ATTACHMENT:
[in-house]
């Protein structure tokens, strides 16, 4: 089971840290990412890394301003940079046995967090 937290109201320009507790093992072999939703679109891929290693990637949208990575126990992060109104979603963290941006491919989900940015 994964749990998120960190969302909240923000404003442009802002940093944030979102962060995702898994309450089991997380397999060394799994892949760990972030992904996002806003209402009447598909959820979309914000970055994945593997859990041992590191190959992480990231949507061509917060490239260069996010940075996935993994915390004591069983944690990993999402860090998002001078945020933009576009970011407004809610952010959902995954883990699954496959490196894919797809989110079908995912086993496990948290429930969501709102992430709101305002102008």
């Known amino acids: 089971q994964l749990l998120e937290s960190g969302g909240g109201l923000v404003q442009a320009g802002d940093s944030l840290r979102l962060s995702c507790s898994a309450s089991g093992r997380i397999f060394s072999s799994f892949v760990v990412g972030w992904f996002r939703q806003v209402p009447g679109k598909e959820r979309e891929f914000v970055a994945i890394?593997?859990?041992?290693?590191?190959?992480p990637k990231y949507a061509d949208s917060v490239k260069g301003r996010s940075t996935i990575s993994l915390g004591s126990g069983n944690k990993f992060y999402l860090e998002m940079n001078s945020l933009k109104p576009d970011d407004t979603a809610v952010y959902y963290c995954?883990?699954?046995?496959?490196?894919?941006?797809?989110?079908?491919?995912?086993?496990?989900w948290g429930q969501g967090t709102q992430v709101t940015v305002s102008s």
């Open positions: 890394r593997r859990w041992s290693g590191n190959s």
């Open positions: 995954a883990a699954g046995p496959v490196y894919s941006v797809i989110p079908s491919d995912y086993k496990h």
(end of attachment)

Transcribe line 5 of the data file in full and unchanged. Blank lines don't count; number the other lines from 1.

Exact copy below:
């Open positions: 995954a883990a699954g046995p496959v490196y894919s941006v797809i989110p079908s491919d995912y086993k496990h």